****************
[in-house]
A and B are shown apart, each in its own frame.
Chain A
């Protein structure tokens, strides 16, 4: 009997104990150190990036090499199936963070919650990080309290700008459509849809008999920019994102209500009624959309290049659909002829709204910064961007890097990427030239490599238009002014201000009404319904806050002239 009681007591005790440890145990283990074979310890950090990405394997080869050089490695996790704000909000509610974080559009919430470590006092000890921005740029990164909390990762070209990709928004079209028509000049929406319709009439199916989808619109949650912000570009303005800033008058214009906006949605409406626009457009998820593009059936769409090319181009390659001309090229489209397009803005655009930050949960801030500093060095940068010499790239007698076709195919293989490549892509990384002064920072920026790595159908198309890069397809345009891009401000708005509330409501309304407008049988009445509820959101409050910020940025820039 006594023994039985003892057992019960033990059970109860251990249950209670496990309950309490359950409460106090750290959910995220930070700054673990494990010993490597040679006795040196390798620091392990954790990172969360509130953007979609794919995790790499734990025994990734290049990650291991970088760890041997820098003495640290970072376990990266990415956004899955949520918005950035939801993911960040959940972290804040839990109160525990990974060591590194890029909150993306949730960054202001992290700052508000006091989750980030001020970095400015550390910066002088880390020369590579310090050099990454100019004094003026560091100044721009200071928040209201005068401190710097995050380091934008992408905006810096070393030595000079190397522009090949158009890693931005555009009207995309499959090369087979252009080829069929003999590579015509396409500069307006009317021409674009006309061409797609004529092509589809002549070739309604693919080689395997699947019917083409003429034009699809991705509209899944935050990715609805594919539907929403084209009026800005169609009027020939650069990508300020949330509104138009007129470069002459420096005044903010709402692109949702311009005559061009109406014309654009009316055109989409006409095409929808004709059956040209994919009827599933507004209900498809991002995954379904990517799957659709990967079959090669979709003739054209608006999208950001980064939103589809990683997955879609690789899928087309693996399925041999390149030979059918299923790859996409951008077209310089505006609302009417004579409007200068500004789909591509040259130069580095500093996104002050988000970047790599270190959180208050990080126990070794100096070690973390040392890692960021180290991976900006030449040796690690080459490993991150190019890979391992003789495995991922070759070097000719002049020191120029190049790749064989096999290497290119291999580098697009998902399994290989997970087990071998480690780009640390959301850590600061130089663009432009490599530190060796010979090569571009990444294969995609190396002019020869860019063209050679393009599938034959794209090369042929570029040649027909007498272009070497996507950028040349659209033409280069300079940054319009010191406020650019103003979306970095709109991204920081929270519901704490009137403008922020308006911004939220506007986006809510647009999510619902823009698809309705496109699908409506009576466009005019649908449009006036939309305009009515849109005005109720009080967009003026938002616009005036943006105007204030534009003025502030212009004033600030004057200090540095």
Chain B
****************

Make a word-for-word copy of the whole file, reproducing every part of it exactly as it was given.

[in-house]
A and B are shown apart, each in its own frame.
Chain A
């Protein structure tokens, strides 16, 4: 009997104990150190990036090499199936963070919650990080309290700008459509849809008999920019994102209500009624959309290049659909002829709204910064961007890097990427030239490599238009002014201000009404319904806050002239 009681007591005790440890145990283990074979310890950090990405394997080869050089490695996790704000909000509610974080559009919430470590006092000890921005740029990164909390990762070209990709928004079209028509000049929406319709009439199916989808619109949650912000570009303005800033008058214009906006949605409406626009457009998820593009059936769409090319181009390659001309090229489209397009803005655009930050949960801030500093060095940068010499790239007698076709195919293989490549892509990384002064920072920026790595159908198309890069397809345009891009401000708005509330409501309304407008049988009445509820959101409050910020940025820039 006594023994039985003892057992019960033990059970109860251990249950209670496990309950309490359950409460106090750290959910995220930070700054673990494990010993490597040679006795040196390798620091392990954790990172969360509130953007979609794919995790790499734990025994990734290049990650291991970088760890041997820098003495640290970072376990990266990415956004899955949520918005950035939801993911960040959940972290804040839990109160525990990974060591590194890029909150993306949730960054202001992290700052508000006091989750980030001020970095400015550390910066002088880390020369590579310090050099990454100019004094003026560091100044721009200071928040209201005068401190710097995050380091934008992408905006810096070393030595000079190397522009090949158009890693931005555009009207995309499959090369087979252009080829069929003999590579015509396409500069307006009317021409674009006309061409797609004529092509589809002549070739309604693919080689395997699947019917083409003429034009699809991705509209899944935050990715609805594919539907929403084209009026800005169609009027020939650069990508300020949330509104138009007129470069002459420096005044903010709402692109949702311009005559061009109406014309654009009316055109989409006409095409929808004709059956040209994919009827599933507004209900498809991002995954379904990517799957659709990967079959090669979709003739054209608006999208950001980064939103589809990683997955879609690789899928087309693996399925041999390149030979059918299923790859996409951008077209310089505006609302009417004579409007200068500004789909591509040259130069580095500093996104002050988000970047790599270190959180208050990080126990070794100096070690973390040392890692960021180290991976900006030449040796690690080459490993991150190019890979391992003789495995991922070759070097000719002049020191120029190049790749064989096999290497290119291999580098697009998902399994290989997970087990071998480690780009640390959301850590600061130089663009432009490599530190060796010979090569571009990444294969995609190396002019020869860019063209050679393009599938034959794209090369042929570029040649027909007498272009070497996507950028040349659209033409280069300079940054319009010191406020650019103003979306970095709109991204920081929270519901704490009137403008922020308006911004939220506007986006809510647009999510619902823009698809309705496109699908409506009576466009005019649908449009006036939309305009009515849109005005109720009080967009003026938002616009005036943006105007204030534009003025502030212009004033600030004057200090540095």
Chain B